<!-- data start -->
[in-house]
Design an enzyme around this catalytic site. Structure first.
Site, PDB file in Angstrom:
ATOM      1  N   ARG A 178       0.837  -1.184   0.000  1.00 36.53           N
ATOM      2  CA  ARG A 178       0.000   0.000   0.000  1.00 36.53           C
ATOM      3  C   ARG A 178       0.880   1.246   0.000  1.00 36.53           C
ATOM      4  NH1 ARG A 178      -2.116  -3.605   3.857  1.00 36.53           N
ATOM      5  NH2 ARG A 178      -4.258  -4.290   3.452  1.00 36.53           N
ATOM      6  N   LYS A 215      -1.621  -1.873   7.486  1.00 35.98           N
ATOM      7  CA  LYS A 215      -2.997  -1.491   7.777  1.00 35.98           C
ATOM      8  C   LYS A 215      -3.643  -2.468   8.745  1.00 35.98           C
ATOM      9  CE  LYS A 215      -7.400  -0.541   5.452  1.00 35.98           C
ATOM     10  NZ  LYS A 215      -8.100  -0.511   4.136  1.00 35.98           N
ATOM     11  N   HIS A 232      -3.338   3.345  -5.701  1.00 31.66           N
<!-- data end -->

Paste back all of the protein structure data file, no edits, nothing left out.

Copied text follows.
[in-house]
Design an enzyme around this catalytic site. Structure first.
Site, PDB file in Angstrom:
ATOM      1  N   ARG A 178       0.837  -1.184   0.000  1.00 36.53           N
ATOM      2  CA  ARG A 178       0.000   0.000   0.000  1.00 36.53           C
ATOM      3  C   ARG A 178       0.880   1.246   0.000  1.00 36.53           C
ATOM      4  NH1 ARG A 178      -2.116  -3.605   3.857  1.00 36.53           N
ATOM      5  NH2 ARG A 178      -4.258  -4.290   3.452  1.00 36.53           N
ATOM      6  N   LYS A 215      -1.621  -1.873   7.486  1.00 35.98           N
ATOM      7  CA  LYS A 215      -2.997  -1.491   7.777  1.00 35.98           C
ATOM      8  C   LYS A 215      -3.643  -2.468   8.745  1.00 35.98           C
ATOM      9  CE  LYS A 215      -7.400  -0.541   5.452  1.00 35.98           C
ATOM     10  NZ  LYS A 215      -8.100  -0.511   4.136  1.00 35.98           N
ATOM     11  N   HIS A 232      -3.338   3.345  -5.701  1.00 31.66           N